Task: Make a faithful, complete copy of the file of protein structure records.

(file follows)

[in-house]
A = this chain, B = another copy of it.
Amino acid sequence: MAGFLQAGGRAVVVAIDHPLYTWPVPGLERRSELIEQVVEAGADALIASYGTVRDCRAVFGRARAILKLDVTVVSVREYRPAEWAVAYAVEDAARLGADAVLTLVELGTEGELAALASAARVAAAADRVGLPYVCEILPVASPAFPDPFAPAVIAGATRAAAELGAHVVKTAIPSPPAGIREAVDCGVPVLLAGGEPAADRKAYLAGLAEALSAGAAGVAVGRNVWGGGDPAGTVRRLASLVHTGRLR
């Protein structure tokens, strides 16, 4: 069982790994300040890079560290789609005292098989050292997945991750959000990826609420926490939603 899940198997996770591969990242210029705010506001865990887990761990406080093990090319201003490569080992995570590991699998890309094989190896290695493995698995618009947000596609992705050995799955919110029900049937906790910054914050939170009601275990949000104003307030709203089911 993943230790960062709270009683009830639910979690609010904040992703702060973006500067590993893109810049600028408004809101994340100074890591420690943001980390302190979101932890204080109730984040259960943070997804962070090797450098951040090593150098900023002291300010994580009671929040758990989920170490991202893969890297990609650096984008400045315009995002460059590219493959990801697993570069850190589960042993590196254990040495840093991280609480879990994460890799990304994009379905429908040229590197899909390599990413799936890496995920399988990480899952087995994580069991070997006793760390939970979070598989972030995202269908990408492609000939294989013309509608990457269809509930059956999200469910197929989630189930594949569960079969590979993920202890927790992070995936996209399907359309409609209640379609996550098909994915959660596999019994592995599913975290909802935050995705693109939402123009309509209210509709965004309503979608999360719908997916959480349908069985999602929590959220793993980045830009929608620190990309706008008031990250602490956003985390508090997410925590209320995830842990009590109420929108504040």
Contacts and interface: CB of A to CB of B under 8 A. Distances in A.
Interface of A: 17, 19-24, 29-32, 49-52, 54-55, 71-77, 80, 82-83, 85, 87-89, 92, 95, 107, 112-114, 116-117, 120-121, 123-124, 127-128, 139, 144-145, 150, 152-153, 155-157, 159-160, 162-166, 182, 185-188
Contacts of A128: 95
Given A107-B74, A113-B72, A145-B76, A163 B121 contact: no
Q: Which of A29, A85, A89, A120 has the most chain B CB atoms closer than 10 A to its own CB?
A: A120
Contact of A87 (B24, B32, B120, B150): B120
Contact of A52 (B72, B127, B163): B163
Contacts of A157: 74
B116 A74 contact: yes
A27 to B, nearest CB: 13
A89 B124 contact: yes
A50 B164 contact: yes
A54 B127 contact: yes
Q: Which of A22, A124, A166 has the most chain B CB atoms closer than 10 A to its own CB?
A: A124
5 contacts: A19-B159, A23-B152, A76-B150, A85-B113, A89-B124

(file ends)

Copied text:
[in-house]
A = this chain, B = another copy of it.
Amino acid sequence: MAGFLQAGGRAVVVAIDHPLYTWPVPGLERRSELIEQVVEAGADALIASYGTVRDCRAVFGRARAILKLDVTVVSVREYRPAEWAVAYAVEDAARLGADAVLTLVELGTEGELAALASAARVAAAADRVGLPYVCEILPVASPAFPDPFAPAVIAGATRAAAELGAHVVKTAIPSPPAGIREAVDCGVPVLLAGGEPAADRKAYLAGLAEALSAGAAGVAVGRNVWGGGDPAGTVRRLASLVHTGRLR
């Protein structure tokens, strides 16, 4: 069982790994300040890079560290789609005292098989050292997945991750959000990826609420926490939603 899940198997996770591969990242210029705010506001865990887990761990406080093990090319201003490569080992995570590991699998890309094989190896290695493995698995618009947000596609992705050995799955919110029900049937906790910054914050939170009601275990949000104003307030709203089911 993943230790960062709270009683009830639910979690609010904040992703702060973006500067590993893109810049600028408004809101994340100074890591420690943001980390302190979101932890204080109730984040259960943070997804962070090797450098951040090593150098900023002291300010994580009671929040758990989920170490991202893969890297990609650096984008400045315009995002460059590219493959990801697993570069850190589960042993590196254990040495840093991280609480879990994460890799990304994009379905429908040229590197899909390599990413799936890496995920399988990480899952087995994580069991070997006793760390939970979070598989972030995202269908990408492609000939294989013309509608990457269809509930059956999200469910197929989630189930594949569960079969590979993920202890927790992070995936996209399907359309409609209640379609996550098909994915959660596999019994592995599913975290909802935050995705693109939402123009309509209210509709965004309503979608999360719908997916959480349908069985999602929590959220793993980045830009929608620190990309706008008031990250602490956003985390508090997410925590209320995830842990009590109420929108504040």
Contacts and interface: CB of A to CB of B under 8 A. Distances in A.
Interface of A: 17, 19-24, 29-32, 49-52, 54-55, 71-77, 80, 82-83, 85, 87-89, 92, 95, 107, 112-114, 116-117, 120-121, 123-124, 127-128, 139, 144-145, 150, 152-153, 155-157, 159-160, 162-166, 182, 185-188
Contacts of A128: 95
Given A107-B74, A113-B72, A145-B76, A163 B121 contact: no
Q: Which of A29, A85, A89, A120 has the most chain B CB atoms closer than 10 A to its own CB?
A: A120
Contact of A87 (B24, B32, B120, B150): B120
Contact of A52 (B72, B127, B163): B163
Contacts of A157: 74
B116 A74 contact: yes
A27 to B, nearest CB: 13
A89 B124 contact: yes
A50 B164 contact: yes
A54 B127 contact: yes
Q: Which of A22, A124, A166 has the most chain B CB atoms closer than 10 A to its own CB?
A: A124
5 contacts: A19-B159, A23-B152, A76-B150, A85-B113, A89-B124